Leeuwin Coast’s Akoya – Western Australia’s new frontier for aquaculture
Part of the Harvest Road stable, the Leeuwin Coast aquaculture and seafood brand can genuinely boast that it is one-of-a-kind – on multiple fronts. The launch of the Akoya, a novel shellfish category, is capturing the attention of conscious consumers and discerning foodies around the world.
Leeuwin Coast, known for its oysters, now boasts the world’s first commercial edible Akoya farm, and Australia’s first ever carbon neutral shellfish aquaculture products.
The product has already caught the attention of renowned chefs and taken out prestigious food awards – and recently completed its first commercial sales into the overseas market.
Despite being deep in a global pandemic, Harvest Road forged ahead launching its Leeuwin Coast seafood brand in August 2020, what it describes as, “Western Australia’s new frontier for aquaculture.”
At its launch, Harvest Road Founders Andrew and Nicola Forrest said, “Through being innovative and bold we will challenge paradigms and put Western Australia on the map as a leader in delicious yet sustainable seafood.
“Our journey into aquaculture is going to be a long one and we are excited to bring Albany and the broader WA community along on this ride as we continue to push the boundaries of what’s possible and create a world leading aquaculture company.”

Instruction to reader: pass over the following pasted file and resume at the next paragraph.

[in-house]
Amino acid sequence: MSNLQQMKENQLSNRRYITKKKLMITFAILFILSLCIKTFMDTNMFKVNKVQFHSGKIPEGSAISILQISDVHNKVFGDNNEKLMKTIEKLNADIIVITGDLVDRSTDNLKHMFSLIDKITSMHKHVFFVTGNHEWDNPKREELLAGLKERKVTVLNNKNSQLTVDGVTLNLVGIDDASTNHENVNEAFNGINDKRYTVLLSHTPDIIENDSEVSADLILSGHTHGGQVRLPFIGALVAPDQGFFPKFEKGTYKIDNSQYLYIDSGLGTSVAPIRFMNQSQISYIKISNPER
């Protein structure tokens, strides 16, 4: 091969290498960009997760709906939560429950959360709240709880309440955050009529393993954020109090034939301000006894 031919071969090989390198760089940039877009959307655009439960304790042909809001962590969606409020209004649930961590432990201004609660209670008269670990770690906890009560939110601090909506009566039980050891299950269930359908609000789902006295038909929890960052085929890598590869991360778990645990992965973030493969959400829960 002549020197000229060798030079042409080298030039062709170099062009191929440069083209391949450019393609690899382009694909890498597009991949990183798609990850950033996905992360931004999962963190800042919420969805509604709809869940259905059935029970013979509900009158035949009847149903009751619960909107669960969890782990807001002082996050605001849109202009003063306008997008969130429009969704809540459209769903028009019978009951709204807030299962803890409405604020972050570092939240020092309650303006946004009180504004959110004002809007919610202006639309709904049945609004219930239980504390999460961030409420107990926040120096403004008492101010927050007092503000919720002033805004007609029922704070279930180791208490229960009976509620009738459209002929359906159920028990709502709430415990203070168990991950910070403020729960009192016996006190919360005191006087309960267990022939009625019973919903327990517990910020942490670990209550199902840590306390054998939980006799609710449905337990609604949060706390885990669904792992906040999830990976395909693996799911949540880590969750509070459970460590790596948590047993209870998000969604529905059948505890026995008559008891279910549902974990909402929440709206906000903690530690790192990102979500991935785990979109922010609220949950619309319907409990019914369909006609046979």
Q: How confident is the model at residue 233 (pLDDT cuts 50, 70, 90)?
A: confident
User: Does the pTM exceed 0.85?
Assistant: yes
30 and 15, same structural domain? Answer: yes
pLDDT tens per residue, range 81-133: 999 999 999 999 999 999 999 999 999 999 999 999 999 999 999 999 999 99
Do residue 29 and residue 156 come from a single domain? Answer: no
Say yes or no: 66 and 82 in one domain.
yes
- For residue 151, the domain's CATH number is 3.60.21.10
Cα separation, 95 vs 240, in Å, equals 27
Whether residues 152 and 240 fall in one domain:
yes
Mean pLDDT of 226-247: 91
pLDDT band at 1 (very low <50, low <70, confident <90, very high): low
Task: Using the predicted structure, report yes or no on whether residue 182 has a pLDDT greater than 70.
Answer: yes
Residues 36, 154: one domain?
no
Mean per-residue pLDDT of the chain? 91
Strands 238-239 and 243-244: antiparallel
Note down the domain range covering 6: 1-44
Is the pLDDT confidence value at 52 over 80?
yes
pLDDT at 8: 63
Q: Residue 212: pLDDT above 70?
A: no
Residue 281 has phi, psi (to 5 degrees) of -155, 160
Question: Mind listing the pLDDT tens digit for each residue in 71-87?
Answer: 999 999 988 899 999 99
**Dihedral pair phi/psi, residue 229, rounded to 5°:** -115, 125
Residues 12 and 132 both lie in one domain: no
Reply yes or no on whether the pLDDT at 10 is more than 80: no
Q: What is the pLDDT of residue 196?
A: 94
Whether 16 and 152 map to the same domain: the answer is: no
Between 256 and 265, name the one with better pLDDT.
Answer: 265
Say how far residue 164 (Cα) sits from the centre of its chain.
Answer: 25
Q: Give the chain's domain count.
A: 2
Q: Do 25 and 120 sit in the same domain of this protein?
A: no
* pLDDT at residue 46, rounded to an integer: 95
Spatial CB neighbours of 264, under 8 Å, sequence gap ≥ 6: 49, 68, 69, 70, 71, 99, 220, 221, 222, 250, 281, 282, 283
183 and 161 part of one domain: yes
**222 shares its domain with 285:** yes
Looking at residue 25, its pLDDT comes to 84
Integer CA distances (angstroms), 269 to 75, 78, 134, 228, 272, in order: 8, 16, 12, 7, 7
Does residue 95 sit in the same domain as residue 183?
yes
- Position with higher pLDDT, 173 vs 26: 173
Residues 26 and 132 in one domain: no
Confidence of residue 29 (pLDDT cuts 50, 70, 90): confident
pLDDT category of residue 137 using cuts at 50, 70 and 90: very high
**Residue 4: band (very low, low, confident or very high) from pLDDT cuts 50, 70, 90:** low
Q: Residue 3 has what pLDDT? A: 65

General Manager of Harvest Road Aquaculture, Justin Welsh, is helping to push those boundaries.
“Every member of our team and our shareholders are passionate about sustainability. It’s the foundation of our aquaculture business and the reason we pursued becoming carbon neutral,” said Justin.
“One of the ways we really wanted to prove that, was to go down the carbon neutral certification path, so we worked to become the first shellfish aquaculture company to have certified carbon neutral products.
“We explored our supply chains, looked at our operations, and were constantly challenging ourselves and questioning how to be more efficient and cut carbon emissions.”
Justin said critical to that process was working with suppliers with the same mindset.
“Suppliers who either have carbon neutral products already or were on the journey, achieving carbon neutrality in their own supply chains. We sought people and organisations like us, who are happy to challenge the status quo and innovate, push boundaries, and have some fun.”
The Akoya – an innovative shellfish category
Leeuwin Coast’s raw oyster production is supported by world leading technology, but where they’re really breaking new ground is with the Akoya.
An innovative shellfish category, the launch of the Akoya has seen Leeuwin Coast adapt modern technologies to domesticate and commercialise the native species in Australian waters.
Akoya has been traditionally farmed by Japanese producers, where it’s seeded with pearls, whereas Leeuwin Coast has cultivated a culinary delicacy, which Justin Welsh describes as a ‘leap of faith.’
“We knew they were a sustainable product but first we had to learn how to farm them. So, there was a lot of learning, evolving and adapting to market feedback in our production technology,” he said.
“We looked at what the rest of the world was doing in the shellfish aquaculture space to see if any technology could work in our supply chains to figure out a really sustainable way to both harvest and lock in that really premium delicious flavour at the point of harvest to make sure it stays there until it’s on someone’s plate.”